Just a serious thought here tho’. Aren’t those titles simply reflections of the widespread human longing to understand something of what is heaven and hell? I think it could be an indicator that people’s spiritual longings and questions are not being satisfactorily met. So they read a book, and hope it conveys a keyhole into the spiritual for them.

    So should the concern be about the topics of the books or about the unmet spiritual need expressed in the popularity of the titles?

  14. david gregory says

    I am guilty of being one of the 50 authors on the ECPA list. I noticed in the comments section of the Riddleblog that no one sprang to my defense, so either no one there has heard of me, or everyone there thinks I am firmly in the “wacky” camp. Probably the former.

    In the spirit of not casting stones too quickly, may I offer a brief rationale for my writings? I am a Dallas Seminary graduate and almost entirely a nonfiction reader. My last semester of seminary, however, I had the desire to write a story that would present the gospel to unbelievers in an intriguing yet serious manner, something I could personally give to friends and family who don’t know Christ. What emerged was a novella called Dinner with a Perfect Stranger, the theme of which I would describe as “the rationalily of faith in Jesus in light of what we know about the universe, humanity, the Bible, and the historical person of Jesus.” I self-published the book, printing a small quantity. I had no idea it would be picked up by a major publisher, made into a movie, and reach half a million or more. I cannot tell you how moved I was, however, when I heard a story about three Muslim men coming to Christ after seeing the movie — my heart in writing the book in the first place.

    My second book, A Day with a Perfect Stranger, might be summarized as the rationality of believing in Christ in light of the longing of the human heart for divine love, which only God in Christ can satisfy. My third book, The Next Level (to be released in Febraury 2008) is a spiritual allegory placed in a corporate setting. Its theme: life only has ultimate meaning when we regard our life entirely as part of God’s agenda, rather than seeing God as part of our own agenda to make life what we want it to be.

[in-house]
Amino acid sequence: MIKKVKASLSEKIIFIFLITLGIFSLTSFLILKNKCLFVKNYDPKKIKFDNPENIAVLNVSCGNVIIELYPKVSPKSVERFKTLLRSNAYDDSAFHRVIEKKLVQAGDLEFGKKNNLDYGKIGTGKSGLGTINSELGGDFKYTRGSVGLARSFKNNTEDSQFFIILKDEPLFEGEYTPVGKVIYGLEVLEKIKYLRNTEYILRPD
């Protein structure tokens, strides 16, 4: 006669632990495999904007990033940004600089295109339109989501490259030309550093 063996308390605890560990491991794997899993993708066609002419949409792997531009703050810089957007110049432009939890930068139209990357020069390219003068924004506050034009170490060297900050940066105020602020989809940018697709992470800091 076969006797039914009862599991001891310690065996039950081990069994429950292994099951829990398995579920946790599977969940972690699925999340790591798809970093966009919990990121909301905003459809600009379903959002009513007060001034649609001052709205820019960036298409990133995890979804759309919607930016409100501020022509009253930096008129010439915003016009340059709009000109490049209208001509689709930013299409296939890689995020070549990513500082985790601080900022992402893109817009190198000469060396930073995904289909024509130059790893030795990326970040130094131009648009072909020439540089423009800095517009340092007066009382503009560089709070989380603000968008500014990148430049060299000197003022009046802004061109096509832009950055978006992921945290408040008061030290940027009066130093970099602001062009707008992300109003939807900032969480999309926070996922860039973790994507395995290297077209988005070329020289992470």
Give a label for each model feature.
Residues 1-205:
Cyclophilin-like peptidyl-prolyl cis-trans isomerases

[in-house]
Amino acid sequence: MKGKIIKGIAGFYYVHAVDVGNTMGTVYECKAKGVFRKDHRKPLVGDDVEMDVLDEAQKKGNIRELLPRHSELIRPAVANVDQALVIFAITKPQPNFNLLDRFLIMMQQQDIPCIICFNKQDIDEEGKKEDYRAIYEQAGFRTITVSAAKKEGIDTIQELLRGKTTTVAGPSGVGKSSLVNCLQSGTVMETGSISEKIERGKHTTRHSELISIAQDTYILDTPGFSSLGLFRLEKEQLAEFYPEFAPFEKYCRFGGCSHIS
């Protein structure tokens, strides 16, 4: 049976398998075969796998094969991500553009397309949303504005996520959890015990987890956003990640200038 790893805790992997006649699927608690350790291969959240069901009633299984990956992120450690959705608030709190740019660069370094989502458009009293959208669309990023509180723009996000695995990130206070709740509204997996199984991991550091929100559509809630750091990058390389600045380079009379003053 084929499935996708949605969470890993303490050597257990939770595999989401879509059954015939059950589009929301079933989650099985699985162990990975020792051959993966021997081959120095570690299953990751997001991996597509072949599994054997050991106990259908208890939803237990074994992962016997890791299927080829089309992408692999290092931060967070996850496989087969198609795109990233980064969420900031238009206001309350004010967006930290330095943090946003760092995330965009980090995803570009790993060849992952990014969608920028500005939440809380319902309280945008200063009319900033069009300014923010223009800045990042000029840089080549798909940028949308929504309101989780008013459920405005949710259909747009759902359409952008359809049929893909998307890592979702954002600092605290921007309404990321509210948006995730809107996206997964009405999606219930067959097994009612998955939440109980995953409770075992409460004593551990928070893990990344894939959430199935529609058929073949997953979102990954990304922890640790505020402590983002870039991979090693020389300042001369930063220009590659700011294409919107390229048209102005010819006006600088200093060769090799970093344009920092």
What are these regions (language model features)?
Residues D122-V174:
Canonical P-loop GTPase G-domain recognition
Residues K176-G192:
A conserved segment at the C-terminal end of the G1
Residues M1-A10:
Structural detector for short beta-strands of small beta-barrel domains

Not everyone will agree with all of my theology (of course), nor will placing these themes in stories (instead of nonfiction) appeal to everyone. But they are serious themes, intended to convey the genuine gospel, aimed at the person down the street who may never pick up Piper (John, that is), to say nothing of Spurgeon.

    I too struggle with the imperfections of the church at large as reflected in Christian publishing. But some Christian writers — no, easily most, based on my associations — seek to be true light in a world of darkness. If the church passes them over in favor of what is not the gospel at all, we are all the poorer for it.

  15. Love it, Michael. I have been at one time or another one of the list of people you apologized to: Catholic, charismatic, Southern Baptist (while in Israel), now ELCA. I appreciate your humor. By the way, are you familiar with Garrison Keillor and his show “A Prairie Home Companion,” which is a radio show on public radio. The reason I ask is his humor is similar. The Catholic church in mythical Lake Wobegon is Our Lady of Perpetual Responsibility.

    Peace.

  16. Nicholas Anton says

    I enjoy allowing my imagination to run wild in a good sense, as well as having fantastic dreams. Though my wife and children enjoy my relating my latest dreams to them (I do have fantastic dreams), non of us take them seriously.
    In the early sixties the Psychology Prof. at the Bible College I attended quoted one of his former students as having said, “It is all right to build air castles, as long as one does not live in them”.
    Most people practice/experience some form of active or inactive imaginative “castle building”, whether by allowing their cognitive minds to run wild on most any subject, or in fantastic dreams when asleep, but these “air castles”, though at times informative and even brilliant, are at other times bizarre and irrational and therefore can neither be relied upon as Truth nor as the basis of Truth. A normal person is generally able to distinguish between a reality in verbal, grammatical conceptual form, an external identifiable object, and a fantasy.
    Christianity is/should be a religion of the mind, will and objective knowledge, and only translates/should translate into physical and emotional responses as the result of the former. In other words, I don’t believe because of what I feel and experience emotionally, but rather what I know cognitively. That is the basis of both modernism (I am not promoting secular modernism) and of the Gospel. However, once I promote my “dreams and fantasies/visions” as Truth, I am no longer building on cognitive, mind based truth as revealed by Jesus Christ, but on fantasy/experience/emotion.
    “Near death experiences” should never be taken as “gospel truth”.

  17. Anton,